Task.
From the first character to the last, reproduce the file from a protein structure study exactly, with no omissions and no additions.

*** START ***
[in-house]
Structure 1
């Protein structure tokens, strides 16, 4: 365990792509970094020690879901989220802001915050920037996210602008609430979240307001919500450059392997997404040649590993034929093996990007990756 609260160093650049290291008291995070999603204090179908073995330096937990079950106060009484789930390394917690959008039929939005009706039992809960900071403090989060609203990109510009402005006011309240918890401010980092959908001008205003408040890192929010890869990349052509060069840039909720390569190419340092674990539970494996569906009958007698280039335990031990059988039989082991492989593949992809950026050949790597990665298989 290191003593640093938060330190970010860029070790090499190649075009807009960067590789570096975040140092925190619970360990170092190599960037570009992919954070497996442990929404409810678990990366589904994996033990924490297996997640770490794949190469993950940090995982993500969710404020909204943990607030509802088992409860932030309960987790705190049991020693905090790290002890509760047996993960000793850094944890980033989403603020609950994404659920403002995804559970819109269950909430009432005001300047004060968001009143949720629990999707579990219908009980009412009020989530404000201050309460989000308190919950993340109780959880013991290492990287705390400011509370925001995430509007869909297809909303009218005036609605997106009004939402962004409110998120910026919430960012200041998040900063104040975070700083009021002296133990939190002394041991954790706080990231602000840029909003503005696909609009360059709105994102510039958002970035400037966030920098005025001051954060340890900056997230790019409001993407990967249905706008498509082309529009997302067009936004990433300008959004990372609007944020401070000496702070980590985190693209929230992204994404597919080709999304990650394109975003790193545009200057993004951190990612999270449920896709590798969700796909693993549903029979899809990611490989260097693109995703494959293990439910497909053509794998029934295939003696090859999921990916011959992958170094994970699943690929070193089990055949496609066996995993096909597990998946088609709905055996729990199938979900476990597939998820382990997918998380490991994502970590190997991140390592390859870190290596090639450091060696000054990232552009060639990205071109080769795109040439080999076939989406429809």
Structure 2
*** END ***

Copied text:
[in-house]
Structure 1
């Protein structure tokens, strides 16, 4: 365990792509970094020690879901989220802001915050920037996210602008609430979240307001919500450059392997997404040649590993034929093996990007990756 609260160093650049290291008291995070999603204090179908073995330096937990079950106060009484789930390394917690959008039929939005009706039992809960900071403090989060609203990109510009402005006011309240918890401010980092959908001008205003408040890192929010890869990349052509060069840039909720390569190419340092674990539970494996569906009958007698280039335990031990059988039989082991492989593949992809950026050949790597990665298989 290191003593640093938060330190970010860029070790090499190649075009807009960067590789570096975040140092925190619970360990170092190599960037570009992919954070497996442990929404409810678990990366589904994996033990924490297996997640770490794949190469993950940090995982993500969710404020909204943990607030509802088992409860932030309960987790705190049991020693905090790290002890509760047996993960000793850094944890980033989403603020609950994404659920403002995804559970819109269950909430009432005001300047004060968001009143949720629990999707579990219908009980009412009020989530404000201050309460989000308190919950993340109780959880013991290492990287705390400011509370925001995430509007869909297809909303009218005036609605997106009004939402962004409110998120910026919430960012200041998040900063104040975070700083009021002296133990939190002394041991954790706080990231602000840029909003503005696909609009360059709105994102510039958002970035400037966030920098005025001051954060340890900056997230790019409001993407990967249905706008498509082309529009997302067009936004990433300008959004990372609007944020401070000496702070980590985190693209929230992204994404597919080709999304990650394109975003790193545009200057993004951190990612999270449920896709590798969700796909693993549903029979899809990611490989260097693109995703494959293990439910497909053509794998029934295939003696090859999921990916011959992958170094994970699943690929070193089990055949496609066996995993096909597990998946088609709905055996729990199938979900476990597939998820382990997918998380490991994502970590190997991140390592390859870190290596090639450091060696000054990232552009060639990205071109080769795109040439080999076939989406429809």
Structure 2